5 Cool Features on the New Canon EOS 7D Mark II

Canon EOS 7D Mark IIBy Jeffrey M. Greene

Canon finally upgraded it’s popular 7D series DSLR yesterday with the new
Canon EOS 7D Mark II.

Optimized to make even the most challenging photographic situations
effortless, the 7D Mark II has a pro-level set of cutting-edge features
and a robust, ergonomic design. The new 20.2 Megapixel APS-C
CMOS sensor with Dual DIGIC 6 Image Processors, plus a host of
new and refined capabilities, makes the EOS 7D Mark II the
perfect camera for photographers looking for a pro-grade APS-C DSLR.

Here are 5 significant upgrades:

20.2 Megapixels
APS-C CMOS Sensor utilizing Dual Pixel technology.Canon 7D Mark II

65 point auto-focus system
All cross-type 65 pt sensor utilizing Canon’s ‘Intelligent Tracking and Recognition’ (iTR) focus system.65pointAF Eagle

10 frames per second
When shooting in continuous mode. Shutter rated for 200,000 actuations.10fps bike

Dual memory slots:
For Compact Flash and SD (SD, SDHC, SDXC) memory cards.CF and SD

GPS
For geotagging images with longitude, latitude, and attitude…

Pre-Order the Canon EOS 7D Mark II
Omega Photo is now accepting pre-orders for the Canon EOS 7D Mark II
Canon EOS 7D Mark II – body only    $1799.00
Canon EOS 7D Mark II w/ Canon 18-135 f /3.5-5.6 IS STM     $2149.00

Call or stop by Omega Photo to reserve yours now.

Omega Photo
210 105th Ave NE
Bellevue, WA 98004

(425) 455-2126

7 Tips for Photographing Tonight’s Lunar Eclipse

1) Determine the Time of the Eclipse
Eclipse Phase   Pacific Time  
Penumbral Eclipse begins   Apr 14 at   9:55 PM  
Partial Eclipse begins   Apr 14 at 10:59 PM  
Full Eclipse begins   Apr 15 at 12:08 AM  
Maximum Eclipse   Apr 15 at 12:46 AM  
Full Eclipse ends   Apr 15 at   1:23 AM  
Partial Eclipse ends   Apr 15 at   2:32 AM  
Penumbral Eclipse ends   Apr 15 at   3:36 AM  

2) Use a Tripod & Shutter Release.
Nothing is steadier than a good quality tripod and although your exposures will be surprisingly short, if you’re using a long lens, you’ll need to keep it as steady as possible. Remember, if you forgot your remote release, use your DSLR’s 2-second timer.

3) Use a Long Lens
200mm is good.  300mm or 400mm is better… If you have a 2x converter, use it. For most shots you’ll want to fill the frame as much as possible.

4) Shoot in Manual Mode
Most photographers overexpose their moon photos when they rely on the camera’s auto modes. The moon is actually quite bright. Think about it, it’s being illuminated by the Sun so the Sunny 16 Rule is a very close estimation. Once the eclipse starts you may have to make some adjustments.
 
The photo above was taken during the lunar eclipse on December 10, 2011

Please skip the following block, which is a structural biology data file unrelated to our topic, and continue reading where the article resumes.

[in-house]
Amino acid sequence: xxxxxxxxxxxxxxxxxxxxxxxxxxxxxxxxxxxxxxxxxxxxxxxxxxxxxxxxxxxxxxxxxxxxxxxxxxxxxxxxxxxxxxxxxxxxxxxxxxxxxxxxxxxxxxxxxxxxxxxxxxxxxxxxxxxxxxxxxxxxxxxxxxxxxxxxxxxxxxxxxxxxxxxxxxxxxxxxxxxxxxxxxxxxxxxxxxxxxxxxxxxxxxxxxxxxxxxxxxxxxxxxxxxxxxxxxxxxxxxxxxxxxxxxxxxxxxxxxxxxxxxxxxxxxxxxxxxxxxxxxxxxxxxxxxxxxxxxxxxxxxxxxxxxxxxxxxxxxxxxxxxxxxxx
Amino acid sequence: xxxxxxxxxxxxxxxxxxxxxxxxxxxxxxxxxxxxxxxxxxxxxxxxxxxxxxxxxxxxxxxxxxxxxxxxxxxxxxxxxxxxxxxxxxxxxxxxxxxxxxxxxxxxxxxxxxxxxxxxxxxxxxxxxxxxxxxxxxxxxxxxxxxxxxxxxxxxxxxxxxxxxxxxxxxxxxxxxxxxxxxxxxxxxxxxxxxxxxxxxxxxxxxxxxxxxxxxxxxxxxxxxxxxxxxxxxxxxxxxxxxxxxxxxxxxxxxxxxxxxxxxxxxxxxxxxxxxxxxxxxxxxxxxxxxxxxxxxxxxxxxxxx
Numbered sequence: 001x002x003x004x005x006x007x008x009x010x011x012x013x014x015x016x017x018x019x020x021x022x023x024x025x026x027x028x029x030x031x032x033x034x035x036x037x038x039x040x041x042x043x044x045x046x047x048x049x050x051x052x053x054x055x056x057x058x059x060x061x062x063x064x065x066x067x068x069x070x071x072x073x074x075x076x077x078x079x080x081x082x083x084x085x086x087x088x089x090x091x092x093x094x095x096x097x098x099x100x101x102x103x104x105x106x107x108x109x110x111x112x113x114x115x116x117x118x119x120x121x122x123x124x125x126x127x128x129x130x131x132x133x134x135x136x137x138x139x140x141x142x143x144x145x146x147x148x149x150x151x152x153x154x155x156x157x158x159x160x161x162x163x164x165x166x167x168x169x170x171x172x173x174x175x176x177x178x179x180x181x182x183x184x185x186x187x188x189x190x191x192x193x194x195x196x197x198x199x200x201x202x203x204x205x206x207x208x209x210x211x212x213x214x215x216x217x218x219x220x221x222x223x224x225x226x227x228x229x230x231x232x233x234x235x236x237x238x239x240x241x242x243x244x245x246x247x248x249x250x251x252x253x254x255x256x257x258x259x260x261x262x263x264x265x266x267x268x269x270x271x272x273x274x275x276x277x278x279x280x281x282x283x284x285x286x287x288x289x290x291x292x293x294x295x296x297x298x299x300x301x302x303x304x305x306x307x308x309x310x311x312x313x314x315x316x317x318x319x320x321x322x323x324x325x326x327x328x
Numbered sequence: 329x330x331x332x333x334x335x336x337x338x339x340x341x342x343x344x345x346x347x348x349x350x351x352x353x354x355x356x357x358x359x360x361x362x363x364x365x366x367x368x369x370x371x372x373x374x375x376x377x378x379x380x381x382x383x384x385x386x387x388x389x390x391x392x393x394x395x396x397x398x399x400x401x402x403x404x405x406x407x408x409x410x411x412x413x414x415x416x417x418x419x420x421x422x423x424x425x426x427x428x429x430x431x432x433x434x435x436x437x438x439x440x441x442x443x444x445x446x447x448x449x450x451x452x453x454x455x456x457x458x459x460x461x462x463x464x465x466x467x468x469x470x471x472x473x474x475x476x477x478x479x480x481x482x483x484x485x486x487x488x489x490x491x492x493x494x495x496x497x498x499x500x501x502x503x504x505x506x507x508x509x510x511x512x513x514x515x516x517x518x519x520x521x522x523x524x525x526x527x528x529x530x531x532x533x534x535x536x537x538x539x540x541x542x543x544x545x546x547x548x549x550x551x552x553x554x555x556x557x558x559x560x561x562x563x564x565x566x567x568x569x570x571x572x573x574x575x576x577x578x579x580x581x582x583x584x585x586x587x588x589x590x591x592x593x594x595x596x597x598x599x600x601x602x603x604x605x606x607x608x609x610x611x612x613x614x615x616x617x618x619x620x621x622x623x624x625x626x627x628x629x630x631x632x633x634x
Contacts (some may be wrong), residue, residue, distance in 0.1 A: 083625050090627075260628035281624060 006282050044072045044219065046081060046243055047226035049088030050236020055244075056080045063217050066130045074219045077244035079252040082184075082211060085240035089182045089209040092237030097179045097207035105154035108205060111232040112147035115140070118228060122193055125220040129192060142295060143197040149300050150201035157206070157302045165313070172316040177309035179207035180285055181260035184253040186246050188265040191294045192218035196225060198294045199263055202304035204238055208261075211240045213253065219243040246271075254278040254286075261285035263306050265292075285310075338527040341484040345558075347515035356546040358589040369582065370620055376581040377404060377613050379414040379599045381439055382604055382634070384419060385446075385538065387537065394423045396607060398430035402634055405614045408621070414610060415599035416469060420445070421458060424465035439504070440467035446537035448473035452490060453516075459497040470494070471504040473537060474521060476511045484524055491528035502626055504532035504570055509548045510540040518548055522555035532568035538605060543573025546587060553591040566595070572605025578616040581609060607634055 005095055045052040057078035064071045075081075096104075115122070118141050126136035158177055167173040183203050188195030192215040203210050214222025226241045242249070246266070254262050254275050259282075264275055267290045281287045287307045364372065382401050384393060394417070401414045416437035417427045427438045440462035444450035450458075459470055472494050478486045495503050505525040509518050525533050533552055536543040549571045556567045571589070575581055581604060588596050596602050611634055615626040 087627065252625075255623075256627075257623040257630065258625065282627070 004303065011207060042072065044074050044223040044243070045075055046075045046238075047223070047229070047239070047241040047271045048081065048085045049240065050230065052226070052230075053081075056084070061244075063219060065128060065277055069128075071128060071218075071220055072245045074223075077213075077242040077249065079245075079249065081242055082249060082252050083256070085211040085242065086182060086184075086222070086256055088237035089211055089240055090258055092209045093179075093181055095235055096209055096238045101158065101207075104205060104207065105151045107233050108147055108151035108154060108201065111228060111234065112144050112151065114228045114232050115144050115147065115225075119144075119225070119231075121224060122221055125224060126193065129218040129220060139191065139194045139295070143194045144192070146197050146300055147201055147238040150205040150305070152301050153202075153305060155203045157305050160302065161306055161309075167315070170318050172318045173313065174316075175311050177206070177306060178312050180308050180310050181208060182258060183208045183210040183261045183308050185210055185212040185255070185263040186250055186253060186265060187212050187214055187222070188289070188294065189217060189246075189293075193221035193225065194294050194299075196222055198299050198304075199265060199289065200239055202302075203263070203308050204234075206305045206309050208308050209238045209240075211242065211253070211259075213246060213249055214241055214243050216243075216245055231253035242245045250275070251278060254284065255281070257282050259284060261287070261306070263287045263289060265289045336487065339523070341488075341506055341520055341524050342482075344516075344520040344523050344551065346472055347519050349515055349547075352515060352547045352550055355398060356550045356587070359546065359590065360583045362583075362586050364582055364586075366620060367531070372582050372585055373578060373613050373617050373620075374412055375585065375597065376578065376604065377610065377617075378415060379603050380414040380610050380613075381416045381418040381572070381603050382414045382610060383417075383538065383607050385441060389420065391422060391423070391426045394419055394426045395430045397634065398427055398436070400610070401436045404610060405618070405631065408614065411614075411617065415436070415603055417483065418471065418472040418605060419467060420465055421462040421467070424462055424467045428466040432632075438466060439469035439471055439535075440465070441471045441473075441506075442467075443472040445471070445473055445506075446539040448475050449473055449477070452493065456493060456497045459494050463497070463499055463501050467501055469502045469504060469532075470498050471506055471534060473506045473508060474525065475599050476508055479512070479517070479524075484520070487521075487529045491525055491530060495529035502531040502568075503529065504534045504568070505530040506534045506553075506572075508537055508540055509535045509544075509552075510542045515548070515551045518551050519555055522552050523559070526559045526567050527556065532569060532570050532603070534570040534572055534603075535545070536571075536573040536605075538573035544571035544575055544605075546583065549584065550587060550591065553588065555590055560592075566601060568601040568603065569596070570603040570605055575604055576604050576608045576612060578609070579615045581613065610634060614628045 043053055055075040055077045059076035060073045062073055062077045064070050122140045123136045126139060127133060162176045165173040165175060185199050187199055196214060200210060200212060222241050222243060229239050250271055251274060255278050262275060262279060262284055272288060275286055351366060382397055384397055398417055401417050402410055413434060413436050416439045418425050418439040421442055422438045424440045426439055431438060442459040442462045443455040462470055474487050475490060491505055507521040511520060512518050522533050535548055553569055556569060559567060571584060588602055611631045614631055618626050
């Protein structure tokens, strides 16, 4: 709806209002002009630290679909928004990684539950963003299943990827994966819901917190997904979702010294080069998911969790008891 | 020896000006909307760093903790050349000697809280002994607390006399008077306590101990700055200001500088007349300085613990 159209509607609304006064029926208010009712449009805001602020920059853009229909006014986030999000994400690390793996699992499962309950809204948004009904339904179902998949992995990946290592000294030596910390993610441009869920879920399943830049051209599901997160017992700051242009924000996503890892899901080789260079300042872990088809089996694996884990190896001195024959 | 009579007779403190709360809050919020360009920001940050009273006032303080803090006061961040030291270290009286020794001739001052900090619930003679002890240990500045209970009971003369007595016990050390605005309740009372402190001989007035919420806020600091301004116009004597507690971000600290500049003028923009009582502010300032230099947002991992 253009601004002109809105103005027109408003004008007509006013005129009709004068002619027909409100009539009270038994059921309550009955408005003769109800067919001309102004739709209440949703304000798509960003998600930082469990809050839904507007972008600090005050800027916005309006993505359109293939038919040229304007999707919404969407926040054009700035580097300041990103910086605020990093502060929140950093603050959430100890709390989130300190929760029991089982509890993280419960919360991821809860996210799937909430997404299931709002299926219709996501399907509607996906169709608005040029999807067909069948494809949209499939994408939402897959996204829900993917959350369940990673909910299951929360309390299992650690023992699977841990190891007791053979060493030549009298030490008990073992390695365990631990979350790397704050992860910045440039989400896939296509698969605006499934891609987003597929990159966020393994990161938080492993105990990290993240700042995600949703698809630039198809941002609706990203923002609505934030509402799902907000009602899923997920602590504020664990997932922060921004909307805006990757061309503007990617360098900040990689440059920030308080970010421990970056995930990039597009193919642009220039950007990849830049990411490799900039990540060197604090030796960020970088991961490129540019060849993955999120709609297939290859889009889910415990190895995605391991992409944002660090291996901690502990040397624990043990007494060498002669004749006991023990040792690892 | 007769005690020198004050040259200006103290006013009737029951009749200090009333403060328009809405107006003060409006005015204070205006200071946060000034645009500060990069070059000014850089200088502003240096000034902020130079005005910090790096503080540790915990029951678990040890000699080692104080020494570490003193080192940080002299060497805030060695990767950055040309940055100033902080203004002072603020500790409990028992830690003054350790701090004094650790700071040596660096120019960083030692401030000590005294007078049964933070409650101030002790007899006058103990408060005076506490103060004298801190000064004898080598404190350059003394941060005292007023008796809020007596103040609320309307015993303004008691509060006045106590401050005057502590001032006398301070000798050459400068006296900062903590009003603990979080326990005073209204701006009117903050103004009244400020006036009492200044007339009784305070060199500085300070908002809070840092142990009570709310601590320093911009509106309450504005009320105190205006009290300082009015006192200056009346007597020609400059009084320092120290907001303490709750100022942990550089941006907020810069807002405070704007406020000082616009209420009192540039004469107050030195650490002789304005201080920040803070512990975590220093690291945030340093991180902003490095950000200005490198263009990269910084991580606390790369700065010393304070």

Exposure: 1.6 seconds @f/5.6  ISO 1600

5) Shoot Wide Open
In a related note, select the widest aperture so you can use the fastest shutter speed possible. Remember, the earth is rotating and the long focal length will amplify movement.

6) Compose and Re-compose
Because of the aforementioned rotation of the earth, the moon’s position in your viewfinder will constantly shift. Make the necessary adjustment to keep the moon centered.

7) Create a Multiple Exposure of the Entire Eclipse
A very cool effect, especially if you have an extra camera, is to capture a multiple exposure of the entire eclipse sequence. Mount your camera with a wide angle lens, compose the scene with some interesting foreground, and capture an image every 30 minutes. Afterwards you can blend the different phases of the eclipse into a single image in Photoshop.

If you miss your chance tonight, no worries, the next total lunar eclipse visible in the US is on October 8th.
-JMG

Time to Spring Forward!

Spring Forward Today…

Today is the second Sunday of March and that means that it’s time to set your clocks to Daylight Saving Time.
ALL your clocks,  …don’t forget the internal clocks on your cameras.  

DST 2014 Spring 650px

The Good News is that we get an extra hour of daylight in the evening to follow our photographic pursuits.
The Bad News is that most of us will waste half a day running around the house setting all of our clocks one hour forward  instead of spending it outside shooting.

To set the time on most cameras, simply go to Menu > Camera Settings >Date/Time and make the necessary changes. I use my cell phone as an accurate reference for the correct time.  As you go through your home changing the other clocks in your house, make a list.  Before you know it November 2nd will be here and you’ll be reversing the process back to Standard Time.

Here’s my “Clock List“:

  • Master bedroom
  • Kid’s bedroom
  • Guest bedroom
  • Master bathroom
  • Guest bathroom
  • Office
  • Workshop
  • Kitchen Stove
  • Microwave
  • Coffee maker
  • Anniversary clock
  • Wristwatches
  • Cameras
  • My car
  • Her car
  • Motorhome

DST 2014 Spring Strip 650px

Tempus Fugit…

-Jeff Greene

Fall Back!

Fall Back

It’s the first weekend in November and that means that Daylight Saving Time is coming to an end…

On Saturday night (Sunday at 2AM, officially ) we all turn our clocks back one hour, surrendering an hour of daylight in the evening so that we may gain an extra hour of light in the morning. To make sure I don’t forget any clocks in our household, I maintain a complete list of all our timepieces that must be set manually. The list is surprisingly lengthy and includes the clocks in our vehicles, and more importantly, the internal clocks in our cameras.

So just a neighborly reminder from your friends at Omega Photo, time to grab your cameras and “fall back” one hour.

Tempus Fugit….

~

Omega Photo
210 105th Ave NE
Bellevue, WA 98004
(Located between NE 2nd & NE 4th behind Safeway)

(425) 455-2126

Omega Photo website

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We’ll remind you again in the Spring when the time comes to “spring forward”…